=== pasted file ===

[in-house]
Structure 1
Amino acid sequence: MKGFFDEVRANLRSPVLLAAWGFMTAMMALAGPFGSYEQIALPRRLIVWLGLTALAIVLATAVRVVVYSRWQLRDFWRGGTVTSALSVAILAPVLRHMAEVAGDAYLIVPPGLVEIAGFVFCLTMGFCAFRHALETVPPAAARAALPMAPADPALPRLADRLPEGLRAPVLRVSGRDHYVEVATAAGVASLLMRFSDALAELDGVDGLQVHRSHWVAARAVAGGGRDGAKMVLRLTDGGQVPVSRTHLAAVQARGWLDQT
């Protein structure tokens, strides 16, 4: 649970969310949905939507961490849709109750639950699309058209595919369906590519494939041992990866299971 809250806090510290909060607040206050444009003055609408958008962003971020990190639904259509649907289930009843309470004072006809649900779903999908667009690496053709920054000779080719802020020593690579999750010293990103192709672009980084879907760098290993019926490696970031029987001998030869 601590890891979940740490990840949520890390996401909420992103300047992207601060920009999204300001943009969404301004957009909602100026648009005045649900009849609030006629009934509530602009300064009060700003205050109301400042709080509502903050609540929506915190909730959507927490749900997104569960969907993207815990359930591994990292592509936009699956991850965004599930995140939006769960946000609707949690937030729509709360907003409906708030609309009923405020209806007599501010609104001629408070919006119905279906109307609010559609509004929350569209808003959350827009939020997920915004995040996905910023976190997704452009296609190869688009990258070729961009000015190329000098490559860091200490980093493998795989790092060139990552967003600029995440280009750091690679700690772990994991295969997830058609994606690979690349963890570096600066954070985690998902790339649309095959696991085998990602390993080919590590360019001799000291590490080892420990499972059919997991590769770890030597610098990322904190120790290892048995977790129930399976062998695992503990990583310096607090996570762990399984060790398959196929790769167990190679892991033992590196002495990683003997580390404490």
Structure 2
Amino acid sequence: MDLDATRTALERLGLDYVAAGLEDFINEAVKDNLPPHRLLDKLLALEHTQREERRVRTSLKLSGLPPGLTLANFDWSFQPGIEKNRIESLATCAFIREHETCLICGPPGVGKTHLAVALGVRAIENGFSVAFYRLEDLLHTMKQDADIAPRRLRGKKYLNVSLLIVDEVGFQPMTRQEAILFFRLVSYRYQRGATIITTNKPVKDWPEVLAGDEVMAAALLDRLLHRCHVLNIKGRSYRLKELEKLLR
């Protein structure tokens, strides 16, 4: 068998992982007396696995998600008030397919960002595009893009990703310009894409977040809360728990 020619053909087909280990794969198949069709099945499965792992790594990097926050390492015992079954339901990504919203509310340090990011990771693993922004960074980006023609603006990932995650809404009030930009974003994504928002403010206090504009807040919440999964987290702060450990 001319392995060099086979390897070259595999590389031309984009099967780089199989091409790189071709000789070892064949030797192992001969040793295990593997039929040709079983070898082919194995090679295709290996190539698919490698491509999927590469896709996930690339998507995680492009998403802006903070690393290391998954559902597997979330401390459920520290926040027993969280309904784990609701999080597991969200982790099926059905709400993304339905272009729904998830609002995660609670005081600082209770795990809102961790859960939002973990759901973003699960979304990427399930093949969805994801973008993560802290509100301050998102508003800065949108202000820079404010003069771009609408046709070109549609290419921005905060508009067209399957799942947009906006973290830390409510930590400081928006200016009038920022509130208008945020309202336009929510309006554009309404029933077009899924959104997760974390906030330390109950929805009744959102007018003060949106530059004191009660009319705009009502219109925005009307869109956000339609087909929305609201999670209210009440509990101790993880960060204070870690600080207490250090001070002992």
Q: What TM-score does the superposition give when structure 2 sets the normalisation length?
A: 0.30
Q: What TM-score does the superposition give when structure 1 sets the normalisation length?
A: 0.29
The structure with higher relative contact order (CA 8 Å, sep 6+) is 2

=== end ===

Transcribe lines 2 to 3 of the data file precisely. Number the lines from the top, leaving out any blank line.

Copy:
Structure 1
Amino acid sequence: MKGFFDEVRANLRSPVLLAAWGFMTAMMALAGPFGSYEQIALPRRLIVWLGLTALAIVLATAVRVVVYSRWQLRDFWRGGTVTSALSVAILAPVLRHMAEVAGDAYLIVPPGLVEIAGFVFCLTMGFCAFRHALETVPPAAARAALPMAPADPALPRLADRLPEGLRAPVLRVSGRDHYVEVATAAGVASLLMRFSDALAELDGVDGLQVHRSHWVAARAVAGGGRDGAKMVLRLTDGGQVPVSRTHLAAVQARGWLDQT